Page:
He passed away on Saturday after a long illness, according to his former chief of staff, Robert Perkins.
Mr du Pont, born Pierre S du Pont IV, broke with family tradition in seeking public office rather than remaining in the family’s chemical empire.
After one term in the Delaware state House and three terms in Congress for the Republican Party, du Pont was elected governor in 1976 and set about working to restore the state’s financial stability.
However, in seeking national office, his privileged background turned out to be a handicap in the party’s presidential primary.
“I was born with a well-known name and genuine opportunity. I hope I have lived up to both,” Mr du Pont said in announcing his longshot presidential bid in September 1986.
He did so by taking positions more conservative than those of then-President Ronald Reagan, including mandatory drug testing of high school students, requiring people on welfare to work, and doing away with farm subsidies.
Mr du Pont stood his ground and insisted his was a candidacy of ideas, offering no apologies.
Mr Bush dismissed as “nutty” Mr du Pont’s idea to create another form of Social Security modelled on private individual retirement accounts. That concept later became a mainstream Republican proposal. As did a proposal for school choice in which public funds follow individual children to any school they choose, public or private.
He ended up withdrawing from the race in February 1988 after poor results in both the Iowa caucuses and the New Hampshire primary.
“Before you run for president, you ought to decide why you want to be president and what you do if you get there,” Mr du Pont once said. “The only thing that would be worth being in that job is to try to change the things that need to be changed.”
In an appearance at the Hotel Du Pont in downtown Wilmington, built by his family, he announced he was abandoning his campaign for president, though praised an electoral process that gave a shot at the White House to a former small-state governor with unorthodox ideas.
It was in the same hotel that fellow Delaware resident President Joe Biden launched his Senate campaign in 1972 and made many appearances in his successful 2020 presidential campaign, including announcing Kamala Harris as his running mate.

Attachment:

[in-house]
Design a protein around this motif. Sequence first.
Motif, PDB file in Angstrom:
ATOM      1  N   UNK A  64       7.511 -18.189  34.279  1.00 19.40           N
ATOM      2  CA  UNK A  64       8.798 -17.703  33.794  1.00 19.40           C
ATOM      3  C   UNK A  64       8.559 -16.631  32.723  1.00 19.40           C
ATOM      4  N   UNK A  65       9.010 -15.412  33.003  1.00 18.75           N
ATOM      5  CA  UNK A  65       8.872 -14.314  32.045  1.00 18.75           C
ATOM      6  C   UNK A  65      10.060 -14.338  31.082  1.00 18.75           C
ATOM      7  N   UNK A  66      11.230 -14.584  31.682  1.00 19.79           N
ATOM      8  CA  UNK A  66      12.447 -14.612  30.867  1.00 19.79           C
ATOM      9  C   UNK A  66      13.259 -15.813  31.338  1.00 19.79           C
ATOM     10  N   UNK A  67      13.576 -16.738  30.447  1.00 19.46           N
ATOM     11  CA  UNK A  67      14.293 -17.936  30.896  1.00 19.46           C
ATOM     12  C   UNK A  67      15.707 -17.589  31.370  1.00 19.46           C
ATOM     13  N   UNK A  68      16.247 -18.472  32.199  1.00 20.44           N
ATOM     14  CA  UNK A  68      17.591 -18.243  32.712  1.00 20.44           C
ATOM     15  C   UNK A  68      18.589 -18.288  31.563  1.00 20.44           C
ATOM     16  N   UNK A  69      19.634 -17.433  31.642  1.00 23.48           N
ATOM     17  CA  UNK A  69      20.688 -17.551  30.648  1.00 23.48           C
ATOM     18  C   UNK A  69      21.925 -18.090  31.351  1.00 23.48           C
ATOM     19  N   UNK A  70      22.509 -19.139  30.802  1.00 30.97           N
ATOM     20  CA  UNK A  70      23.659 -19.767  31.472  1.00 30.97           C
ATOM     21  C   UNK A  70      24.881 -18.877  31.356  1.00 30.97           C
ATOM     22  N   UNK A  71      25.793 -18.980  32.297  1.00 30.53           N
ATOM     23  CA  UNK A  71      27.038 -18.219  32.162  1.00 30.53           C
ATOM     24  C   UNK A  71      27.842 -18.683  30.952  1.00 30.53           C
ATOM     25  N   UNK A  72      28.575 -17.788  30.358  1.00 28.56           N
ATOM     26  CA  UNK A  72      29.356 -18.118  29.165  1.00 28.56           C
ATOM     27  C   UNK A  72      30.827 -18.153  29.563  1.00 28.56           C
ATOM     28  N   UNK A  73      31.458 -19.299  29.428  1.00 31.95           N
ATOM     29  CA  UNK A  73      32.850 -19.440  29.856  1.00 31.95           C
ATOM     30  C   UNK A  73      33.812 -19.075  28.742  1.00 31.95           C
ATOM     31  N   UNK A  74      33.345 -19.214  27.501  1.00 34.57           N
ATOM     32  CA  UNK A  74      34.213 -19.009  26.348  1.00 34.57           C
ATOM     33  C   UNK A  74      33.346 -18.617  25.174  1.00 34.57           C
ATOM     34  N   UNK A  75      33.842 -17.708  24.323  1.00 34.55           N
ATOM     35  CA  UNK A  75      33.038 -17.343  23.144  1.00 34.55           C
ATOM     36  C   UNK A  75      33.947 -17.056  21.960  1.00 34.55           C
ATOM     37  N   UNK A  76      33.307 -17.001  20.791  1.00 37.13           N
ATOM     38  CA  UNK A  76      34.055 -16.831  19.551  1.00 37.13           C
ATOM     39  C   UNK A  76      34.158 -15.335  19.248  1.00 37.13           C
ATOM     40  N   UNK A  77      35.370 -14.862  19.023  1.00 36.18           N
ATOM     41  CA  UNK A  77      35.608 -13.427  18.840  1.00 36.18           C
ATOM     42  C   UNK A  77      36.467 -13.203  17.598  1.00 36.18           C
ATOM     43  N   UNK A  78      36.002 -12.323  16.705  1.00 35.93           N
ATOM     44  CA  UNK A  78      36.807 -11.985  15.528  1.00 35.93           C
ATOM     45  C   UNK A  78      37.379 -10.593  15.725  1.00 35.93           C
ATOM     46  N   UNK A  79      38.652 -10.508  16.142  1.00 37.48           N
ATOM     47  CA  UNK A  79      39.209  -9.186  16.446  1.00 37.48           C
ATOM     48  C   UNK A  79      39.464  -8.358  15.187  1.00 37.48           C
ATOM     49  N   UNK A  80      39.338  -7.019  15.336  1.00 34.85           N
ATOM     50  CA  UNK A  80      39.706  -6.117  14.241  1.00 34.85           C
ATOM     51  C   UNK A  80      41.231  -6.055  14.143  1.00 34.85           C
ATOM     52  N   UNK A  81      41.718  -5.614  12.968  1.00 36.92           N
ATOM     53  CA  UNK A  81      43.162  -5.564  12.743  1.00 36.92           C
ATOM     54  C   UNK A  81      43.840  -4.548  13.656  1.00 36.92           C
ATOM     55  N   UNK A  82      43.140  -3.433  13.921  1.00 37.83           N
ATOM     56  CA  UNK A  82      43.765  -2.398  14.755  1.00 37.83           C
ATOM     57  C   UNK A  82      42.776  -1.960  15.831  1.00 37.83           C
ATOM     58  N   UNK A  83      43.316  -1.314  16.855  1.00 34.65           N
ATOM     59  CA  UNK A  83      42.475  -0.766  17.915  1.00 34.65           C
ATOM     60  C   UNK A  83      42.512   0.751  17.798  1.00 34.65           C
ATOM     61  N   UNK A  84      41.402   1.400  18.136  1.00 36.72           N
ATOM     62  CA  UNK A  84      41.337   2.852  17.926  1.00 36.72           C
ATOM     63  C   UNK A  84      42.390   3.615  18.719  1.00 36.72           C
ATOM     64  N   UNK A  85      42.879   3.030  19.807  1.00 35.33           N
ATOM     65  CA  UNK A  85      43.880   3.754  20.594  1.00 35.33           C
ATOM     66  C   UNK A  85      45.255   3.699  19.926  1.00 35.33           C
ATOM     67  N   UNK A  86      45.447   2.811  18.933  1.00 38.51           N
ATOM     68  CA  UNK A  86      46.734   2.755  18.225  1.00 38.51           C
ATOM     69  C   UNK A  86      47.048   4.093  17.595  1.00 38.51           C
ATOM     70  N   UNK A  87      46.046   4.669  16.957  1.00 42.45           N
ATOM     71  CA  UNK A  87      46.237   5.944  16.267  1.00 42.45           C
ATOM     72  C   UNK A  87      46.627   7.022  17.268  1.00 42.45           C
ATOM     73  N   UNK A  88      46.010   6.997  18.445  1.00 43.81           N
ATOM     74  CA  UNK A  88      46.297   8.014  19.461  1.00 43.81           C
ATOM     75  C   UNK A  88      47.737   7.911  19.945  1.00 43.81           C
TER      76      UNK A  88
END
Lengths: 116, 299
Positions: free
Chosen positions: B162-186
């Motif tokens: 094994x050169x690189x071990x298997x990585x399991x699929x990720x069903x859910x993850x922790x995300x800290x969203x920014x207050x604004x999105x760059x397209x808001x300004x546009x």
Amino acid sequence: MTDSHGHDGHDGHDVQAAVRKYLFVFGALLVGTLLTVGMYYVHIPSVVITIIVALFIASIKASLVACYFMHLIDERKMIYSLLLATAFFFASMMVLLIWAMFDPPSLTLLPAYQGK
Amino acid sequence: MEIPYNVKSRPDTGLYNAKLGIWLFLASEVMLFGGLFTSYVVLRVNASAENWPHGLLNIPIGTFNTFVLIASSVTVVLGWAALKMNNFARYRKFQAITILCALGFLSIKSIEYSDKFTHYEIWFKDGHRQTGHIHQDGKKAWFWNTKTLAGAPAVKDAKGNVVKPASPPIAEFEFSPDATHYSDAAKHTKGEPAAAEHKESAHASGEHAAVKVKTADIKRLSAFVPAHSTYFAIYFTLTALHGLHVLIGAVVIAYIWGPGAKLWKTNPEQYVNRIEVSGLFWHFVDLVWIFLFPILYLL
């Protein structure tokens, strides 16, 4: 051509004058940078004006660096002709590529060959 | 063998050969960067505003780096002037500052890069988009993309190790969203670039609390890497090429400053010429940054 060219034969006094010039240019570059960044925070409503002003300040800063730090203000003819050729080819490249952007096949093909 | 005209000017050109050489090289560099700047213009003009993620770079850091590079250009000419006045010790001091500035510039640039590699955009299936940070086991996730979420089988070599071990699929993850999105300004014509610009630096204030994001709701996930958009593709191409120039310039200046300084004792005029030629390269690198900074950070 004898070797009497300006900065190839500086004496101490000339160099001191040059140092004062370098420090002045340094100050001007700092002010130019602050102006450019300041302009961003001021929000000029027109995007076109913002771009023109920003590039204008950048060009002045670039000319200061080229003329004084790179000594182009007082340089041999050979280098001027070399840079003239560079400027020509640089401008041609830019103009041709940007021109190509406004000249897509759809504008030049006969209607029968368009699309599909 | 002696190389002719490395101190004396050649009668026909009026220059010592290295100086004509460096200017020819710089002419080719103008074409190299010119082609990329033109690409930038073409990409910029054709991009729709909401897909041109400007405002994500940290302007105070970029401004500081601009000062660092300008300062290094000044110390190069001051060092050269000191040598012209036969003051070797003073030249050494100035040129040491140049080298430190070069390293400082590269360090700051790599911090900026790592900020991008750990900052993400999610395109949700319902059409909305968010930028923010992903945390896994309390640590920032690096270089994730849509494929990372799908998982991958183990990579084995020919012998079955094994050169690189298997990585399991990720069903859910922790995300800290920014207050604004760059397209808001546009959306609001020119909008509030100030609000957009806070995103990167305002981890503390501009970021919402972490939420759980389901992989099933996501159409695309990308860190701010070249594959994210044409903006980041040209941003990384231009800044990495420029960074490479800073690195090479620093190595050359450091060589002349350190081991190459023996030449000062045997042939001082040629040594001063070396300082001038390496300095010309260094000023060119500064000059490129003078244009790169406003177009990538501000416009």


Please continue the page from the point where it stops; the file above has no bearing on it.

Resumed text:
Mr du Pont left the family’s eponymous chemical empire aged 34 declaring that he “got a little bored” by the prospect of the corporate ladder.
In 1968, he ran unopposed for a new seat in the Delaware House of Representatives which was a part-time post that allowed him to continue in the business for another two years.
He quit the firm in 1970 and beat a Democratic labour leader for the state’s at-large seat in Congress. He easily won two further terms on Capitol Hill.
With Delaware deep in debt and suffering from high unemployment and a shrinking tax base, Mr du Pont beat the Democratic incumbent to become governor in 1976 with a sizeable margin.
A troubled start in which demands for spending cuts and tussles with the Democrat-controlled legislature were topped off by a gaffe in which he referred to the average voter as “Joe Six-Pack” earning him the nickname “Champagne Pete”.
Eventually, he and legislative leaders struck a deal for a long-term partnership that changed the face of the state.
Two income-tax cuts were signed into law, as well as a constitutional amendment that limited government spending and future tax increases.
He hired talented professionals for top state posts and brought in generous tax incentives and deregulation to attract new businesses. New laws passed in his second term made the state a centre for the credit card industry and banking, with 30 financial institutions setting up operations in the state, creating more than 43,000 jobs.
Term limits stipulated that he could only serve three terms as governor. He left office in 1985 with approval ratings approaching 90 per cent, a booming state economy, relatively low unemployment, low taxes, and a balanced state budget – even winning the praise of Democrats.
It was assumed that he might challenge incumbent Senator Joe Biden, but instead he chose to shoot for the presidency.
Mr du Pont is survived by his wife of over 60 years, Elise Wood; a daughter and three sons; and 10 grandchildren.
With reporting from The Associated Press